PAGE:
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Our views 04 May 2021

JP’s Journal: Biden’s first 100 days

5 min read

Luck plays an important role in life. My colleague Azhar Hussain was talking to me about Biden’s 100 days and I reflected on a quote I heard on the radio last week: Boris Johnson has been lucky with his enemies. I think that could also apply to President Biden.

From a divided and predominantly left of centre Democratic field Mr Biden was able to position himself as a moderate and continued that through to the Presidential election where he was up against the most polarising President in recent memory.

We have now just passed the first 100 days of President Biden. He was elected with low expectations of what he would be able to achieve, with the outcome being contested and the Senate staying Republican. Within days, however, we had positive news on the vaccine front and by January everything changed, with the Georgia Senate run-off going Democrat and the failed agitation pre-inauguration emboldening the incoming President and his presidency.

What we have seen since then has been the most radical presidency for decades. It seems that the mild mannered Vice President of the Obama years has learned lessons from that period of relative inaction. We have seen a massive Relief Act aimed at reducing inequalities and boosting consumption. But in addition, a proposed Corporate Tax reform allied with an Infrastructure bill that could be transformative. Coupling this stimulus with the aggressive roll-out of vaccines across the US means that the US is likely to grow much quicker than anticipated. So what are the implications for fixed income markets? I remain of the view that government bond yields will rise and that those asset classes most sensitive to long-term higher rates will do worse. For me this is a background that supports high yield markets where the underlying sensitivity to government yields is lower, where credit spreads are widest and where there is scope for default rate expectations to fall further.

So far, the presidency has met the challenges that the US economy faces and sets a bar which the rest of the world is unlikely to meet. Globally, markets have been supported by these developments and it’s another reminder that global markets are still very much anchored around the US.

Cash, government bonds and currencies

Global cash rates were broadly unchanged on the week. The US dollar was a bit weaker across the board – with the euro gaining some ground against sterling.

The US Federal Reserve (Fed) left policy settings unchanged on Thursday although the tone was more positive on the outlook. There were no new forecasts but the statement acknowledged that activity had strengthened. In the subtle ways of central bankers, “considerable” was removed in relation to “risks to the economic outlook”.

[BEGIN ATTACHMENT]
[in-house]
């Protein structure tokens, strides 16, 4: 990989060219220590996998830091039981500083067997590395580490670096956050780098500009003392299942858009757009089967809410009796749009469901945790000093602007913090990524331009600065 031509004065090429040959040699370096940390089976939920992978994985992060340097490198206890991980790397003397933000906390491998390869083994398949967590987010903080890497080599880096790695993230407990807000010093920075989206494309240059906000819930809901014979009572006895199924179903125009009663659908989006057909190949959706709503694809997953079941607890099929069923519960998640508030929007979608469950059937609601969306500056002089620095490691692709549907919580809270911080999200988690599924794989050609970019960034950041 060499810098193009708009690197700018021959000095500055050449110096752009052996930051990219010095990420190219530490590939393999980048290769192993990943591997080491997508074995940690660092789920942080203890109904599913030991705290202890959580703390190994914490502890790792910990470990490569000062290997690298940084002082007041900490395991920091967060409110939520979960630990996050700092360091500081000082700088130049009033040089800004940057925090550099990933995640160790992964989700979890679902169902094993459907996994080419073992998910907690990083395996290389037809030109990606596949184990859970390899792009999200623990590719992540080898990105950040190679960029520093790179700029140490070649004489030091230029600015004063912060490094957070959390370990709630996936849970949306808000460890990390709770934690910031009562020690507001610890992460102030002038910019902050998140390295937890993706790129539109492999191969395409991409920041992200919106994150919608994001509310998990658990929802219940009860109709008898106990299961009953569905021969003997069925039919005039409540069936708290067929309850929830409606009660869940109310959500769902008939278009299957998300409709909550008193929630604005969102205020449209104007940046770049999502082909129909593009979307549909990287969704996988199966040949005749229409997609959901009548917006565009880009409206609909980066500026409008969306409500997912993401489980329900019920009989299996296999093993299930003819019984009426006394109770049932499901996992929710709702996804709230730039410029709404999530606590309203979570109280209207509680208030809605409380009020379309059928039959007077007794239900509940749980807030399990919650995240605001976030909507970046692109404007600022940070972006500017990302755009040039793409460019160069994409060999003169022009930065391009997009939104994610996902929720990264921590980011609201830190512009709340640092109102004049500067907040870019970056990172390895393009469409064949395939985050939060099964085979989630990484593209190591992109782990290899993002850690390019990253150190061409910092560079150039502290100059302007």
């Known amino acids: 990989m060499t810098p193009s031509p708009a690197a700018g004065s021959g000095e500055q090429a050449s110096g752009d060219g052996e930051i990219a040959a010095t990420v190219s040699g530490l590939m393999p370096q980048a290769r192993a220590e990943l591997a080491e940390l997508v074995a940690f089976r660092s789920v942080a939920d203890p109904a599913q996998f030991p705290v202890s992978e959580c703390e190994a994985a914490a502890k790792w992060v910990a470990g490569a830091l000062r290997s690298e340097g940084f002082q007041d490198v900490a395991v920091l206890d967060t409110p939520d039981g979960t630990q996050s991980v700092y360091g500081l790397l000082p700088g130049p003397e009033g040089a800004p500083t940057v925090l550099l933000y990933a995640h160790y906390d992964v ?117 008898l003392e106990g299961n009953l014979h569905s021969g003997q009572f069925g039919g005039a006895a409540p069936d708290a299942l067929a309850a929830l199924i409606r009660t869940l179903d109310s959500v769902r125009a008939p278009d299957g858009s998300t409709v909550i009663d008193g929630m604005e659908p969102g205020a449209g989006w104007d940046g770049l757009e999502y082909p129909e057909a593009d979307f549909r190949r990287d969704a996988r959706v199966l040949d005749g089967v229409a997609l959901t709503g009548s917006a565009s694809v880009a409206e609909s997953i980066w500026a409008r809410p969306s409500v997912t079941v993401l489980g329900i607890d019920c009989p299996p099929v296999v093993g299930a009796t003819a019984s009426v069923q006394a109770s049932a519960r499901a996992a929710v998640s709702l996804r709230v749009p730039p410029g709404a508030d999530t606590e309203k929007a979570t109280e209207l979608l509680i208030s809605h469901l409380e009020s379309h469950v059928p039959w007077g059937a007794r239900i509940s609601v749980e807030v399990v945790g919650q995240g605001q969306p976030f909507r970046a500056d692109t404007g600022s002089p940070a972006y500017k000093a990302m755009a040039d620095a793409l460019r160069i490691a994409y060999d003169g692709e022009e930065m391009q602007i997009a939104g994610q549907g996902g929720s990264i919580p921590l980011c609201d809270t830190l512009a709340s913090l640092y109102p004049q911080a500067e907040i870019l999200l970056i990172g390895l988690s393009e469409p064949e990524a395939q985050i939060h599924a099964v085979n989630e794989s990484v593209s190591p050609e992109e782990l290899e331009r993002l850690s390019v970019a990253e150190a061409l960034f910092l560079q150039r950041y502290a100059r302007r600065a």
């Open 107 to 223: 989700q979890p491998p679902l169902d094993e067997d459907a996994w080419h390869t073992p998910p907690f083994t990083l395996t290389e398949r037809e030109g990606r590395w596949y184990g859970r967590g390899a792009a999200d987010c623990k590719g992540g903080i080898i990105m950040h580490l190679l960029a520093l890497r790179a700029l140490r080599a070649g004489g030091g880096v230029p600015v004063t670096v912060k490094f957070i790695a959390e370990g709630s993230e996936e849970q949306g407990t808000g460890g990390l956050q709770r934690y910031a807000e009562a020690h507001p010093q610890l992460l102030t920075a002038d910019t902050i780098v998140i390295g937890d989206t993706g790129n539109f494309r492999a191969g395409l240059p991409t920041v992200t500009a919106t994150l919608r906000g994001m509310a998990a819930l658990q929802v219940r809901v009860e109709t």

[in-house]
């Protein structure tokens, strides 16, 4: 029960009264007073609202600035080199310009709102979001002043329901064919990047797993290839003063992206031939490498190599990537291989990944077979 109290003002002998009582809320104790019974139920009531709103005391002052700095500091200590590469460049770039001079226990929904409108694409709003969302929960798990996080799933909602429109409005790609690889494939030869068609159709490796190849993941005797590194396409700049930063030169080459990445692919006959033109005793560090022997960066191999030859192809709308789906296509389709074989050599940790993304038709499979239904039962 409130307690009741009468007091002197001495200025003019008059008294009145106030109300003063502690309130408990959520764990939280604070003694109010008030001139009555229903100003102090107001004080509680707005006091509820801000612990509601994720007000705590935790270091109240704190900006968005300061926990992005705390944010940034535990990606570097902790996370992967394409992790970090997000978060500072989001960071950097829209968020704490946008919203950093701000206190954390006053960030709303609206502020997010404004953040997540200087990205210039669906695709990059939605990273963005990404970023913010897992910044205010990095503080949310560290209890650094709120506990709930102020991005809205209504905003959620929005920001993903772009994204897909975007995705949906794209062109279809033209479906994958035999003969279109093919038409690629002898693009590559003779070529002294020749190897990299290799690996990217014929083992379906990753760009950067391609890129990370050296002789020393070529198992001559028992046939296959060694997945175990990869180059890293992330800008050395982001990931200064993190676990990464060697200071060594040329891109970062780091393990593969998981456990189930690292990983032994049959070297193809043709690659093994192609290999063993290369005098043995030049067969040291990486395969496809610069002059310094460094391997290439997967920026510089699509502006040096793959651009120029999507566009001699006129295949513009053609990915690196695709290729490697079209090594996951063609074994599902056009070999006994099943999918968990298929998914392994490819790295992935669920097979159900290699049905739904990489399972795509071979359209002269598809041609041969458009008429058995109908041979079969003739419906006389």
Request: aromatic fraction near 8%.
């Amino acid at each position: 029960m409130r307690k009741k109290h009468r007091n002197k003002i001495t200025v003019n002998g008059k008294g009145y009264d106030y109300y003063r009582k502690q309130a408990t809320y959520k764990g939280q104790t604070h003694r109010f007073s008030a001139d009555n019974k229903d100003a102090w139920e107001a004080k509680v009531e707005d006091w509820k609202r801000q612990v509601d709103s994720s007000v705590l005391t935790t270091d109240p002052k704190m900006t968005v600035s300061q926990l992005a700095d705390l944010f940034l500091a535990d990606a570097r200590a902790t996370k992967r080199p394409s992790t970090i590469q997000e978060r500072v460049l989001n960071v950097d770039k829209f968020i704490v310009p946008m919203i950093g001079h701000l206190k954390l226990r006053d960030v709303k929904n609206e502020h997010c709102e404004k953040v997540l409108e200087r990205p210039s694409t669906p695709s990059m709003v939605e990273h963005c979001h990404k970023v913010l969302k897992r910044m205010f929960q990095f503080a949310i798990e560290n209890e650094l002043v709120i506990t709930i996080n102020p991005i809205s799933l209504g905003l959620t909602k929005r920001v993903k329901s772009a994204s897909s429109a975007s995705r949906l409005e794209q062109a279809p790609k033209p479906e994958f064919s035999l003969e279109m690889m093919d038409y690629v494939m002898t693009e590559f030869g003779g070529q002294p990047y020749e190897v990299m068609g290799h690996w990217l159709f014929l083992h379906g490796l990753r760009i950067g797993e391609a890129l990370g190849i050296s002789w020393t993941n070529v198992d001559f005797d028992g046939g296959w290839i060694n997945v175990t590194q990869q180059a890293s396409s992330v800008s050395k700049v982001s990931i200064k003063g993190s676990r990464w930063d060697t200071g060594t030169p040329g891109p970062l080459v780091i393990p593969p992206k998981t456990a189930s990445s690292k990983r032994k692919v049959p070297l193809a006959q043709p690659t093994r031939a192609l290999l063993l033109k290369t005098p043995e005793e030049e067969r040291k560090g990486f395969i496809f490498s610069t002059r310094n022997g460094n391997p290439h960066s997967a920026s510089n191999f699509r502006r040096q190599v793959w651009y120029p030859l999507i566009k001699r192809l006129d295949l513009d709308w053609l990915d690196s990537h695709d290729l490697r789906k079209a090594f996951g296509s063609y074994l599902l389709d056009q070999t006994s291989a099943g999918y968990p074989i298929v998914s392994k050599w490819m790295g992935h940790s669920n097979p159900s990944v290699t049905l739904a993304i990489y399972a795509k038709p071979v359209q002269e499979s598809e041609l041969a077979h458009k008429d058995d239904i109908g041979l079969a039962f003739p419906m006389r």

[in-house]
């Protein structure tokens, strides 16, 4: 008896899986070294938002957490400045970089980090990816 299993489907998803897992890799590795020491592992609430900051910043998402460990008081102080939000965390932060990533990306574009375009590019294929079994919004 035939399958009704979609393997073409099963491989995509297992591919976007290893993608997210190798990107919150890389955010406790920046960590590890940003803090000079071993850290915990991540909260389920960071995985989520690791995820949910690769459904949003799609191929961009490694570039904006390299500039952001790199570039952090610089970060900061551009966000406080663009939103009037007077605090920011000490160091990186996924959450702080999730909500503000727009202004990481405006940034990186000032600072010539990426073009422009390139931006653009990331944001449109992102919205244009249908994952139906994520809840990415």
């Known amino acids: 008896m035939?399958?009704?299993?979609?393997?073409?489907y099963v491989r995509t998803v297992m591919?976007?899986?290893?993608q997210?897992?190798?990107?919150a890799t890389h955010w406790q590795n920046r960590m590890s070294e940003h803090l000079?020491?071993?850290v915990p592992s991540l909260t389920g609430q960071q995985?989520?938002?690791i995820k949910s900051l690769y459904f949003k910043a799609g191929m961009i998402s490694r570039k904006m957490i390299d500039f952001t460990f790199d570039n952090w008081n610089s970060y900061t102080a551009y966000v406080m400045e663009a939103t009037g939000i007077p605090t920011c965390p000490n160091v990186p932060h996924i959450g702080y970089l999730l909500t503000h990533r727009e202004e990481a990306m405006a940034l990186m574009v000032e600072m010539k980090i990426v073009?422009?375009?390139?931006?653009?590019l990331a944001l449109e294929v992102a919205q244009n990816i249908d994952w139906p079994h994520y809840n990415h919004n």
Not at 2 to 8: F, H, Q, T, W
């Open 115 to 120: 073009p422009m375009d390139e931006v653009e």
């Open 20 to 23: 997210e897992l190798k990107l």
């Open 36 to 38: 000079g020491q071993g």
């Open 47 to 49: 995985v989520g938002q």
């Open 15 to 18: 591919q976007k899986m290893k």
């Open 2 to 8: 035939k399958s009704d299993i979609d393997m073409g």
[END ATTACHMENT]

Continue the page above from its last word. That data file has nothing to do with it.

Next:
On inflation, Powell (Fed Chairman) made clear that he expects inflation to rise in the near term, but that the “one-time” increases will be transitory. He also played down the idea that asset purchase tapering was under consideration and reiterated that the US is “a long way from full employment”. He also emphasised that any move on tapering asset purchases would be signalled well in advance.

Despite these soothing words 10-year US government bond yields moved higher – reaching 1.65%. Real yields moved up a bit, but implied inflation took more of the strain with 10-year breakeven hitting a YTD high of 2.4%.

In the UK 10-year rates also moved up, ending at 0.84% and implied inflation was higher across the curve. In the eurozone French 10-year yields moved decisively above zero and German yields ended at their least negative for the year. Italy was weak with 10-year yields at 0.9%.

We are not currently taking much duration risk in our government strategies.

Credit

Investment grade credit spreads were broadly unchanged – with sterling credit ending the week near the spread lows of the year. In the primary market we participated in a new issue from Nats (En Route) – a company that provides air traffic management and airport development services. The issuer bought back some existing bonds and issued a new 10-year at 0.85% over gilt yields. Not much to report of global investment grade this week.

In high yield markets, spreads continued to trend lower with my favoured index hitting a YTD high despite the back-up in government bond yields.

It is probably untrue that Napoleon ever said “give me lucky generals” but I think it is true that a famous golfer once remarked “the harder I practice the luckier I get”. Luck has undoubtedly played a part in my investment life – but it is how you take advantage of those fortuitous occasions that really matter. Let’s see whether President Biden’s luck holds.

 

Past performance is not a reliable indicator of future results. The value of investments and the income from them is not guaranteed and may go down as well as up and investors may not get back the amount originally invested. Portfolio characteristics and holdings are subject to change without notice. The views expressed are the author’s own and do not constitute investment advice.